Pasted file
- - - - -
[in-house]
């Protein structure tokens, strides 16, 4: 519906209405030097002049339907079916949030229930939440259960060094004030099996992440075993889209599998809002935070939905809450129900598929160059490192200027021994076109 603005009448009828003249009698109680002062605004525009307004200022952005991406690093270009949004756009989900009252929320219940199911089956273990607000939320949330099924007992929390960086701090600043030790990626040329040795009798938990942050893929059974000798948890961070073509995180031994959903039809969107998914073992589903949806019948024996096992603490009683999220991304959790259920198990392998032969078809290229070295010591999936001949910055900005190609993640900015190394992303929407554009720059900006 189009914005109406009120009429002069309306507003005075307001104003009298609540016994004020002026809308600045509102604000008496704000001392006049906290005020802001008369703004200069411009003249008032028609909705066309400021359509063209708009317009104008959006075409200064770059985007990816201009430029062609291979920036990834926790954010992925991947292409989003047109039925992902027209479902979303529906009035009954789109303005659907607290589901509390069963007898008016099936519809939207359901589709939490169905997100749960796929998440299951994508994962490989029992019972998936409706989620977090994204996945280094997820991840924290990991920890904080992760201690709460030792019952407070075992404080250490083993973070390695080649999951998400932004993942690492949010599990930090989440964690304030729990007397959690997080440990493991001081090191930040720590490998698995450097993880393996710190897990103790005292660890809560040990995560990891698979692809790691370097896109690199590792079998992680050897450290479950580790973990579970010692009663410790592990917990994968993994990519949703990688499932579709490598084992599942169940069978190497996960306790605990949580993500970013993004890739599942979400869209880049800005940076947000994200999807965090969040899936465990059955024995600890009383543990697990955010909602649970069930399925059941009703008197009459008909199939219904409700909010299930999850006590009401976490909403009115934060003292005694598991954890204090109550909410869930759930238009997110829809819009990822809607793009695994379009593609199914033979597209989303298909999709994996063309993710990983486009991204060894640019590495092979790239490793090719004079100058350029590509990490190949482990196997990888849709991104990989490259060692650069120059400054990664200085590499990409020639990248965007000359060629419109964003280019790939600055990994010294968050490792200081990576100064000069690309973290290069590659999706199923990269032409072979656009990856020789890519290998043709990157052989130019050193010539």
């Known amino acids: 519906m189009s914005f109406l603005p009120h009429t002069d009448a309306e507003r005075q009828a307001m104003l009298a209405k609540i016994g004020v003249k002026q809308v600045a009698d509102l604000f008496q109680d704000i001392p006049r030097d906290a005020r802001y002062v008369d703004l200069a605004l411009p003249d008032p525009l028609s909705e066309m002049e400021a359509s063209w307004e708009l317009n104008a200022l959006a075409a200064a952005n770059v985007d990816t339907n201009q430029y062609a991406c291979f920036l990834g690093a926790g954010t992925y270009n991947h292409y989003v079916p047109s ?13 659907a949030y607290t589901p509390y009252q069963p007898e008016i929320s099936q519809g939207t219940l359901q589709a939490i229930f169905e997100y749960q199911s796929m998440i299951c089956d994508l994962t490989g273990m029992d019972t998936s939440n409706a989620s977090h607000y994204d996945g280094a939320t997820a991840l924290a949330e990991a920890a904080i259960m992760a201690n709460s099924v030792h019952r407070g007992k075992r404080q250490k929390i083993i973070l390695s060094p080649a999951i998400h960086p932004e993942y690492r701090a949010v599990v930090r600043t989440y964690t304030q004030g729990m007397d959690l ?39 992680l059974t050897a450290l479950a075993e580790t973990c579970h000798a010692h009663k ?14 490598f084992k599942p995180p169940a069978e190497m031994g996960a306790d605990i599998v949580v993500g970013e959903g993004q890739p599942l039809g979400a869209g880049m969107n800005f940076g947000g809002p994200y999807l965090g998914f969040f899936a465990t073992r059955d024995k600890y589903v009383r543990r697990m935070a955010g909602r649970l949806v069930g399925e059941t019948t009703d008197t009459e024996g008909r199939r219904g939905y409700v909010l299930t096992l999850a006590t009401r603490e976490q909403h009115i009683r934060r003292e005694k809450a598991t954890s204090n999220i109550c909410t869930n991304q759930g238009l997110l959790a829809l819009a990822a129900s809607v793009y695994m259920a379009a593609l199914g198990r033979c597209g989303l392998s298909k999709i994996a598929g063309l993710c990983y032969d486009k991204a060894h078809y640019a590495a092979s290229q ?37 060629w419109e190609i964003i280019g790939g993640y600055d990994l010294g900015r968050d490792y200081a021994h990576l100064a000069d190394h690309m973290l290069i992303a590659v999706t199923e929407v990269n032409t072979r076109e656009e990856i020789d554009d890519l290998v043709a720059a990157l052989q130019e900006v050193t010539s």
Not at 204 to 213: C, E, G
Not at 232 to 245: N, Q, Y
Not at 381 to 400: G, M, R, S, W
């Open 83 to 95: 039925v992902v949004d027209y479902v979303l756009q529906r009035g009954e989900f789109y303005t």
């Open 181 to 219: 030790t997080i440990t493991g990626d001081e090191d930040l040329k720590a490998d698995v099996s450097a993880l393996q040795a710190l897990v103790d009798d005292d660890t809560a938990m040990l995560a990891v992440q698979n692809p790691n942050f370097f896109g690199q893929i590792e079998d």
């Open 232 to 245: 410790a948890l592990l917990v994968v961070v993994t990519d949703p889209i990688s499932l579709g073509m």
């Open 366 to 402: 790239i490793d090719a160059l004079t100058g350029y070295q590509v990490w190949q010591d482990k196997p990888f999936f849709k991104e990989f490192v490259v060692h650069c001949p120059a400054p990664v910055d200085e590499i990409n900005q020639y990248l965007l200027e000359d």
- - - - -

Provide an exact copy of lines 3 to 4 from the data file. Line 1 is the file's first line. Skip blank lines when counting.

């Known amino acids: 519906m189009s914005f109406l603005p009120h009429t002069d009448a309306e507003r005075q009828a307001m104003l009298a209405k609540i016994g004020v003249k002026q809308v600045a009698d509102l604000f008496q109680d704000i001392p006049r030097d906290a005020r802001y002062v008369d703004l200069a605004l411009p003249d008032p525009l028609s909705e066309m002049e400021a359509s063209w307004e708009l317009n104008a200022l959006a075409a200064a952005n770059v985007d990816t339907n201009q430029y062609a991406c291979f920036l990834g690093a926790g954010t992925y270009n991947h292409y989003v079916p047109s ?13 659907a949030y607290t589901p509390y009252q069963p007898e008016i929320s099936q519809g939207t219940l359901q589709a939490i229930f169905e997100y749960q199911s796929m998440i299951c089956d994508l994962t490989g273990m029992d019972t998936s939440n409706a989620s977090h607000y994204d996945g280094a939320t997820a991840l924290a949330e990991a920890a904080i259960m992760a201690n709460s099924v030792h019952r407070g007992k075992r404080q250490k929390i083993i973070l390695s060094p080649a999951i998400h960086p932004e993942y690492r701090a949010v599990v930090r600043t989440y964690t304030q004030g729990m007397d959690l ?39 992680l059974t050897a450290l479950a075993e580790t973990c579970h000798a010692h009663k ?14 490598f084992k599942p995180p169940a069978e190497m031994g996960a306790d605990i599998v949580v993500g970013e959903g993004q890739p599942l039809g979400a869209g880049m969107n800005f940076g947000g809002p994200y999807l965090g998914f969040f899936a465990t073992r059955d024995k600890y589903v009383r543990r697990m935070a955010g909602r649970l949806v069930g399925e059941t019948t009703d008197t009459e024996g008909r199939r219904g939905y409700v909010l299930t096992l999850a006590t009401r603490e976490q909403h009115i009683r934060r003292e005694k809450a598991t954890s204090n999220i109550c909410t869930n991304q759930g238009l997110l959790a829809l819009a990822a129900s809607v793009y695994m259920a379009a593609l199914g198990r033979c597209g989303l392998s298909k999709i994996a598929g063309l993710c990983y032969d486009k991204a060894h078809y640019a590495a092979s290229q ?37 060629w419109e190609i964003i280019g790939g993640y600055d990994l010294g900015r968050d490792y200081a021994h990576l100064a000069d190394h690309m973290l290069i992303a590659v999706t199923e929407v990269n032409t072979r076109e656009e990856i020789d554009d890519l290998v043709a720059a990157l052989q130019e900006v050193t010539s």
Not at 204 to 213: C, E, G